By Albert Samaha
By Steve Weinstein
By Devon Maloney
By Tessa Stuart
By Alison Flowers
By Albert Samaha
By Jesse Jarnow
By Eric Tsetsi
The heat was on at the Ali Forney Center benefit, "Jingle," which starred gender-reassigning performer Our Lady J, who'd just had a fundraiser of her own called "Boob-Aid (All I Want for Christmas Is My Two Front Tits)." Our Lady J told me that the event was a hit, "and the 'girls' are coming! I'm starving myself so I can make room for the silicone." Or maybe she can just have larger blouses waiting in the trailer.
What I Did for Love
Want to twirl your ta-tas over some old Broadway gossip from the era when people didn't eat a hoagie while watching a show?
First off, I ran into Donna McKechnie, the original Cassie from A Chorus Line, and asked her about something said in the Oscar-shortlisted Every Little Step documentary. Supposedly, creator Michael Bennett realized that Cassie had to get cast in the chorus line because Marsha Mason told him the audience hated the fact that she didn't. "It had to be more than her just saying it," McKechnie instructed me. "The audiences tell you everything. Michael said, 'We can't do that anymore!' [Producer] Joe Papp wanted it to be real—he wanted it to stay that way—but Michael felt the obligation to lift up. You want to make it palatable." Still, Donna and I agreed that it was right for Sheila to not get the job!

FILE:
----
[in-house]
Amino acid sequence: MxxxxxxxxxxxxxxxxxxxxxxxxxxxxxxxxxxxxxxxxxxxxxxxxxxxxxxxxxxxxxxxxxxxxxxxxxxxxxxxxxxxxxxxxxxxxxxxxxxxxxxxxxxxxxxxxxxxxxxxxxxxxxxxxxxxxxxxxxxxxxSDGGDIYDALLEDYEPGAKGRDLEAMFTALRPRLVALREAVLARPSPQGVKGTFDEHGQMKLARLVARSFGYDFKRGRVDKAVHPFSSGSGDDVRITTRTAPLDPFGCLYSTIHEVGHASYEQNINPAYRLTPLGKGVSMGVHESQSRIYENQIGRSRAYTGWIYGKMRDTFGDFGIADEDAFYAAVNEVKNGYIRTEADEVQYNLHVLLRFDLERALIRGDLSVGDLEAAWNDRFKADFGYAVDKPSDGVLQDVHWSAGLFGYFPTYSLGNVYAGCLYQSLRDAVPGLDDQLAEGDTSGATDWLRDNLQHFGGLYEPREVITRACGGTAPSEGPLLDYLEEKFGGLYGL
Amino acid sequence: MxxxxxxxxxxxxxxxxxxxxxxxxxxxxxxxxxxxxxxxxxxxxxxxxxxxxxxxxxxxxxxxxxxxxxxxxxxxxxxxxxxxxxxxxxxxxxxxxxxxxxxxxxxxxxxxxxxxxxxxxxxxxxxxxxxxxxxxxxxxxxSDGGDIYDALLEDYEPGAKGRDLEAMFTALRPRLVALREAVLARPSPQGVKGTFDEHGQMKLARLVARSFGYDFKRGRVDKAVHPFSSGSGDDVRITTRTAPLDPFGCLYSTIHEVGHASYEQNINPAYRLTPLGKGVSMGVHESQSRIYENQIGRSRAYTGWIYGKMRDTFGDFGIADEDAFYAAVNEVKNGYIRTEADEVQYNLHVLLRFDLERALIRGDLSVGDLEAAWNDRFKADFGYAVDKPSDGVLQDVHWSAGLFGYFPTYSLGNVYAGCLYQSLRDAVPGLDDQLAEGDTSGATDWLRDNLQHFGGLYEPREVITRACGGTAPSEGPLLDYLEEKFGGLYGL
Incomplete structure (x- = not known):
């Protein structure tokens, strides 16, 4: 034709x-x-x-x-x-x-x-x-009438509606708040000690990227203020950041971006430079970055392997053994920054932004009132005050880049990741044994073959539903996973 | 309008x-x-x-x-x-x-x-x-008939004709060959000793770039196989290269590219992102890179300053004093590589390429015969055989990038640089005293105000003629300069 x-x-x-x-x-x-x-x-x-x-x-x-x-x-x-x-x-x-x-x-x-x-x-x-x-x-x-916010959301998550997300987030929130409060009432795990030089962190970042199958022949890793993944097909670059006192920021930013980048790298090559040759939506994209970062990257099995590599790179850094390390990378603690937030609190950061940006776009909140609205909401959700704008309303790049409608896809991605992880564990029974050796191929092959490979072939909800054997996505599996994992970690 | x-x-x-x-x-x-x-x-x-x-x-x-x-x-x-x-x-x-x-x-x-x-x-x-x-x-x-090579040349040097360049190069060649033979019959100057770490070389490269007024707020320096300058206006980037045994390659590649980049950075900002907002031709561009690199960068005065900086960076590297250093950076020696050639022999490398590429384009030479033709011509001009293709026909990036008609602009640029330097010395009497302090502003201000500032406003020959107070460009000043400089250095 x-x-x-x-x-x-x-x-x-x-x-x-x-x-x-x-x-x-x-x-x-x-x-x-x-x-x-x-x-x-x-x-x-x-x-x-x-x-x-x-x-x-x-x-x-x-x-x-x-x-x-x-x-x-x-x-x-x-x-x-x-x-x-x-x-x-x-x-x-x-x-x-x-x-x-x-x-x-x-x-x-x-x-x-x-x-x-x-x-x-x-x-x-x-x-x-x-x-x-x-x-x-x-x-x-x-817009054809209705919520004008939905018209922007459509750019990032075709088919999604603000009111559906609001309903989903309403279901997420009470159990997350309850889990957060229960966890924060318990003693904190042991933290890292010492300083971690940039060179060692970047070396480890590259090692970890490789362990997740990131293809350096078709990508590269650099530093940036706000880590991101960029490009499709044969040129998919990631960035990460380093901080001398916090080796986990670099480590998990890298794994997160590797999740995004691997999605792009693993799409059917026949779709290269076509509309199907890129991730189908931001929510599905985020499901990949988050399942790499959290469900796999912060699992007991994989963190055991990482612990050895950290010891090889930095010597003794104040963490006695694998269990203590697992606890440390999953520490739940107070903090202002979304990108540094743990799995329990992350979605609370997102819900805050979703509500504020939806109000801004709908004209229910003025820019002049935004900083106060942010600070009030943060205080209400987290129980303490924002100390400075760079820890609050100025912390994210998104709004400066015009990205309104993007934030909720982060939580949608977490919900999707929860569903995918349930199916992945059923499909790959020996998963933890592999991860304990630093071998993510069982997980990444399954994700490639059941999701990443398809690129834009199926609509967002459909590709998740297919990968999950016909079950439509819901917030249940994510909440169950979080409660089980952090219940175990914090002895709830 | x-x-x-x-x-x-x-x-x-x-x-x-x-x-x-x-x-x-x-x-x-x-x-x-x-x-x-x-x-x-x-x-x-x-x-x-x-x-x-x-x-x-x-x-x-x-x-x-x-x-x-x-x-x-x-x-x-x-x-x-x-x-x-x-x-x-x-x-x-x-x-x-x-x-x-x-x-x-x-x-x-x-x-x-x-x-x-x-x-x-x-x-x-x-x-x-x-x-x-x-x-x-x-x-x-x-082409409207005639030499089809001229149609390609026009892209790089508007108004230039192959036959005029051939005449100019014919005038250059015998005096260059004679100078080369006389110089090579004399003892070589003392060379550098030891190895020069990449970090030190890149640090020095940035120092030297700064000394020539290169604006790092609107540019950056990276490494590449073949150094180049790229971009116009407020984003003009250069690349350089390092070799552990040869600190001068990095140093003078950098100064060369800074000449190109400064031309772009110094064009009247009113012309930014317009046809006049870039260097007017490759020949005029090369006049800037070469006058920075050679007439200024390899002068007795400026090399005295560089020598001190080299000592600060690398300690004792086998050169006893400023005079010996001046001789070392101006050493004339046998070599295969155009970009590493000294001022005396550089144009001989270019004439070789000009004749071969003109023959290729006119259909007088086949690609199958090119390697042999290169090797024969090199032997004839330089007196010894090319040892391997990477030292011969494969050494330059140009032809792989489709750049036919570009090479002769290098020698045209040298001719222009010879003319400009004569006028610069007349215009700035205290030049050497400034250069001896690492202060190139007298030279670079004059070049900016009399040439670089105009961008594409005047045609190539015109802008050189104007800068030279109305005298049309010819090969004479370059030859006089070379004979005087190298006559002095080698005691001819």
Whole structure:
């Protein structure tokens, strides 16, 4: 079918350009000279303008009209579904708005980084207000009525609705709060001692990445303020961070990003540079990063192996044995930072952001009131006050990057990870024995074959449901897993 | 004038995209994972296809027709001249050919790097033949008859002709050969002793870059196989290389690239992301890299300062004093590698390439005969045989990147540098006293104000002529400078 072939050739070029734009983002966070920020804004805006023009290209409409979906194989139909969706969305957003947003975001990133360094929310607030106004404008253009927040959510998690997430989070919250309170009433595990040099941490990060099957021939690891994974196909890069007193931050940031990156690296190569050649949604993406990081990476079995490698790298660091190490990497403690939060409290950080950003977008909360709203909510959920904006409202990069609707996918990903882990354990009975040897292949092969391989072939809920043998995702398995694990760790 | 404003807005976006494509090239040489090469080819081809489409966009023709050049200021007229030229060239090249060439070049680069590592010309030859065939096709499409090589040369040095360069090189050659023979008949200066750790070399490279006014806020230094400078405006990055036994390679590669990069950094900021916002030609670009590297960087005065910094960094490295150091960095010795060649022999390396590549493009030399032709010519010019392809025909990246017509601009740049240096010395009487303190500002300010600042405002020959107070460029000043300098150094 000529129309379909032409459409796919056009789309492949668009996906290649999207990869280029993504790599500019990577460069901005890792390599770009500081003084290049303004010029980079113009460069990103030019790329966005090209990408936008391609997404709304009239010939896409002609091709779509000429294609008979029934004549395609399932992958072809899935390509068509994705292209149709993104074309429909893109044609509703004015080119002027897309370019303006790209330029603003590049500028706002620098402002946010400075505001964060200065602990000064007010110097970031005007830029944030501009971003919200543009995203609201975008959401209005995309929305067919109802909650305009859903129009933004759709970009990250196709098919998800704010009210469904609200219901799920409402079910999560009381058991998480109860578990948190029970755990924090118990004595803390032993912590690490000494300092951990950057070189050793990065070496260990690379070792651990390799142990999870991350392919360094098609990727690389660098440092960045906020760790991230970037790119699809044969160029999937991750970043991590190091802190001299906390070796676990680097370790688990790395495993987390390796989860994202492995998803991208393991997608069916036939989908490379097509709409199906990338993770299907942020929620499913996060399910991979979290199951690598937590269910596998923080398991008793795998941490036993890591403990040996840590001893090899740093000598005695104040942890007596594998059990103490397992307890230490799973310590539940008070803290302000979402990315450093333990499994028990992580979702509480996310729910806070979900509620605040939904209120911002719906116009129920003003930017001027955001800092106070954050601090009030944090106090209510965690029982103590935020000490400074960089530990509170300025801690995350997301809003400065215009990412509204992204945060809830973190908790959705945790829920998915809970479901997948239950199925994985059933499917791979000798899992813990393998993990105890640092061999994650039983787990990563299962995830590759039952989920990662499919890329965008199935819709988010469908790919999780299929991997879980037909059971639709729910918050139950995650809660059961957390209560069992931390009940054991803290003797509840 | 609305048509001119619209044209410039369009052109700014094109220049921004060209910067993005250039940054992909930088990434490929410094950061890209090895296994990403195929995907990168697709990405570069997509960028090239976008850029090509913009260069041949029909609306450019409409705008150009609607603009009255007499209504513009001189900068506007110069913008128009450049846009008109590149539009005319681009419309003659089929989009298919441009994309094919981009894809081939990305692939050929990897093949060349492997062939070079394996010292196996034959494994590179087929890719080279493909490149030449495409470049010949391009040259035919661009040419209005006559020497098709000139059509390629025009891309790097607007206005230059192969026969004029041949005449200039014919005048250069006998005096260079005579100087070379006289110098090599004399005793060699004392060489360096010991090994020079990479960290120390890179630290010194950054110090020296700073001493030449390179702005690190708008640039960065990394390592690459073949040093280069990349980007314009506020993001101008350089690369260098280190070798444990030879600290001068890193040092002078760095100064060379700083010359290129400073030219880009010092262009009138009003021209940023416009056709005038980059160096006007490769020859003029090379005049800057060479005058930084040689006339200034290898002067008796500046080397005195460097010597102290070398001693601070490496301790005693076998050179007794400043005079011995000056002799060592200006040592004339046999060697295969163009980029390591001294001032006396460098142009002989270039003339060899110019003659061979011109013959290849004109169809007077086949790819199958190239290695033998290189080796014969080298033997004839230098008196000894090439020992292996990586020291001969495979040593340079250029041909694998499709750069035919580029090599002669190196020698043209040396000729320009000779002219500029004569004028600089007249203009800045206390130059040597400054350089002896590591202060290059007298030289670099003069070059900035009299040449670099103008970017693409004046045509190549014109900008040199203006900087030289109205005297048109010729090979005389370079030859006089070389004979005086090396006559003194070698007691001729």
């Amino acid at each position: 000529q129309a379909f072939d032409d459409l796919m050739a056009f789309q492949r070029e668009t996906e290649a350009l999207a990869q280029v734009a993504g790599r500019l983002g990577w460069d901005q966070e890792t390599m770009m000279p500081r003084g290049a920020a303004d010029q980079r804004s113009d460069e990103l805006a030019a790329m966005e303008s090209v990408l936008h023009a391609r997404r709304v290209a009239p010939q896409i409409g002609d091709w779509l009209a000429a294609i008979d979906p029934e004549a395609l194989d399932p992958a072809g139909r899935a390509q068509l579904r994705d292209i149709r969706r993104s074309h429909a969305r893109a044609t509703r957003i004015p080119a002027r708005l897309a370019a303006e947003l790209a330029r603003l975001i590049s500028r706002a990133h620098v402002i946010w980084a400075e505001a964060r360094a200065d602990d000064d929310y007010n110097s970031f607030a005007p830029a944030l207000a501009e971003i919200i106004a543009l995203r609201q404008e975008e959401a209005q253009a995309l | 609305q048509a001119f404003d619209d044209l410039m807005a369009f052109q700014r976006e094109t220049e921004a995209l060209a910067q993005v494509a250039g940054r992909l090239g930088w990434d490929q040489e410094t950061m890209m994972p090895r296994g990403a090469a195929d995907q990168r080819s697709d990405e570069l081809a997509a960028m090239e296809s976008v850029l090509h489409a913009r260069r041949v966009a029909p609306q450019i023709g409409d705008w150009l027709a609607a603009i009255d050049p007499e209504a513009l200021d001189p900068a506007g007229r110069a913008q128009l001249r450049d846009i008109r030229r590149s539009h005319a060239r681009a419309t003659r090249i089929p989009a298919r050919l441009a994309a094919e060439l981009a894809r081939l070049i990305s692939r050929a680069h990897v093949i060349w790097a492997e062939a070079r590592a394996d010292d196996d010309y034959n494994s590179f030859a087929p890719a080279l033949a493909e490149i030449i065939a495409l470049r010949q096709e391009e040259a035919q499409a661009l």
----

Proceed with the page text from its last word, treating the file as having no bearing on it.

Leroy Reams got the job of entertaining at a Tovah Feldshuh tribute at the Friars Club some weeks ago, so he took the stage to do an axed song the character of Horace Vandergelder originally sang in Hello, Dolly!. Reams said star Carol Channing understood the cut, remarking, "It's called Hello, Dolly!, not Hello, Horace!." But in person, she didn't always get such a greeting. Reams described driving with Channing on the road and passing a tunnel on which it had been painted, "God Save Us." They looked down and saw that someone had added, ". . . from revivals of Hello, Dolly! with Carol Channing."
Want some more current theater gossip? Well, I recently met a woman who told me she's trying to get a musical about a girl with a purple vascular birthmark produced on Broadway. "Oh, that's been done," I smirked, rolling my eyes. "Actually, it has," she said. "Violet!"
Oh, well. I'm off to download Leo Tolstoy's secret sex tape—the one where he soils his panties.